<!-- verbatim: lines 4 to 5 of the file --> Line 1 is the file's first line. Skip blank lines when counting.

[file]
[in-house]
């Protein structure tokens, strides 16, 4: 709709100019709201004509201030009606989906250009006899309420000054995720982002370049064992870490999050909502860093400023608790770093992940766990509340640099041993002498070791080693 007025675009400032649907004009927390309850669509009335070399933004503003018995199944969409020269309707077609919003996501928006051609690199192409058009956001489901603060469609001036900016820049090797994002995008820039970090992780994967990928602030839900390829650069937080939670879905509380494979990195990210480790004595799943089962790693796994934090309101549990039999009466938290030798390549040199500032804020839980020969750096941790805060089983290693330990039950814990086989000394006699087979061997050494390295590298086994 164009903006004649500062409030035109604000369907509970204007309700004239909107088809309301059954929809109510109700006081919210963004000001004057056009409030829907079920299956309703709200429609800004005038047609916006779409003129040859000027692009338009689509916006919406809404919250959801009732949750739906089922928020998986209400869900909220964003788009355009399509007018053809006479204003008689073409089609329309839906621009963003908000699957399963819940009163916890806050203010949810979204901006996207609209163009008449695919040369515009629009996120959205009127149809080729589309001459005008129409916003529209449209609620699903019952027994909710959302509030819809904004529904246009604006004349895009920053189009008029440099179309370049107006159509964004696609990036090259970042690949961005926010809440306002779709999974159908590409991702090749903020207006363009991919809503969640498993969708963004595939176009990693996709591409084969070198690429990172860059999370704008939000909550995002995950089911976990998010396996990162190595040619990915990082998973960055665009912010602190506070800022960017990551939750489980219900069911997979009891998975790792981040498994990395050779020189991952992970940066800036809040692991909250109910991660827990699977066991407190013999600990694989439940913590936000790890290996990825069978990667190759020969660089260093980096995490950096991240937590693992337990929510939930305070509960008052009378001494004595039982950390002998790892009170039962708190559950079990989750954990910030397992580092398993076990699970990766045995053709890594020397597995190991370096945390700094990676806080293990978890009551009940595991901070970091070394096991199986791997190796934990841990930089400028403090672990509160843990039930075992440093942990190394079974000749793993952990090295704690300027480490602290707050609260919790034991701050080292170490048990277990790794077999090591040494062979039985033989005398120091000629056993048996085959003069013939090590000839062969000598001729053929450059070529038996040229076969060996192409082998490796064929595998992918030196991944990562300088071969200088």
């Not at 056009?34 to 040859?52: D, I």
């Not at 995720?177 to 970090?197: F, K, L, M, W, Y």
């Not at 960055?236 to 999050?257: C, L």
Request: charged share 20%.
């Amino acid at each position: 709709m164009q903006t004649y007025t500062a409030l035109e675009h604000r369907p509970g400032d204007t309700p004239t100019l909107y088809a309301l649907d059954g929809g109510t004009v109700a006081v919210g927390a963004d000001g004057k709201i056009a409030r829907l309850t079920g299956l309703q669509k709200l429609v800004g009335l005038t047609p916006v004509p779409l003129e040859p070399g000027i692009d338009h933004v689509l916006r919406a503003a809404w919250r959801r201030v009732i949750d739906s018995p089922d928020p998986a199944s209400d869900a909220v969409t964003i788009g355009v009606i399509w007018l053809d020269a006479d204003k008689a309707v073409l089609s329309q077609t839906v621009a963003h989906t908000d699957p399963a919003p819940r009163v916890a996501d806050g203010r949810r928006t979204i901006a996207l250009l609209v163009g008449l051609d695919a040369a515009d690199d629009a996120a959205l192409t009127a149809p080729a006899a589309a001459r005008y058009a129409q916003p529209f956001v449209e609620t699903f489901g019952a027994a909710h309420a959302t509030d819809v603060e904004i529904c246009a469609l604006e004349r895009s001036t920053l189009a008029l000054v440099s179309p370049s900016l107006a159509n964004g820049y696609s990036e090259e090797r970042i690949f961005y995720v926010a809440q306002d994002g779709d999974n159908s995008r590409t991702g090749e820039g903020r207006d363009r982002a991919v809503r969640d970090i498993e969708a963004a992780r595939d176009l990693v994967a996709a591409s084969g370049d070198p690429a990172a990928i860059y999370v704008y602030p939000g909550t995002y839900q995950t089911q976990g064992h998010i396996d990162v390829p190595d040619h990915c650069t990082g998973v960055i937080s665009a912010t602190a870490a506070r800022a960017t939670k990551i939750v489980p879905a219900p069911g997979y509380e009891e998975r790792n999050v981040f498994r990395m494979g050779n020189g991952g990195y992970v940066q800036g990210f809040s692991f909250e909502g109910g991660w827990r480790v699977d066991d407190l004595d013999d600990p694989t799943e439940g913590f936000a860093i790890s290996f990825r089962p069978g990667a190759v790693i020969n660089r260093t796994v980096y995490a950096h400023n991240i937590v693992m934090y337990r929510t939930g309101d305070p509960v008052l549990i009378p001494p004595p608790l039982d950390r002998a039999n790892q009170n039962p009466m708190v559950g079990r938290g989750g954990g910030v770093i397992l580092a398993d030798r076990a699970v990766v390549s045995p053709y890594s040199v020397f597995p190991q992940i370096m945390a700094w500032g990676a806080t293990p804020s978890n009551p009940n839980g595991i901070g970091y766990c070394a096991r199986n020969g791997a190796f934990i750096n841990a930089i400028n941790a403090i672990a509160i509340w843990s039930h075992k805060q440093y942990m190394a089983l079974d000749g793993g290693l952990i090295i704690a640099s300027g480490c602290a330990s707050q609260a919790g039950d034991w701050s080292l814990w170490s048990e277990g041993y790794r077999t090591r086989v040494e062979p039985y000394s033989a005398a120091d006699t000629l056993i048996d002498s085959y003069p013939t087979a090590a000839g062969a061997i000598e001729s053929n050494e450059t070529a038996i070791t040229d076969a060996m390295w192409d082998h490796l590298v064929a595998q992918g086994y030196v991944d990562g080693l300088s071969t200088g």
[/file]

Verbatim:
């Not at 995720?177 to 970090?197: F, K, L, M, W, Y």
């Not at 960055?236 to 999050?257: C, L």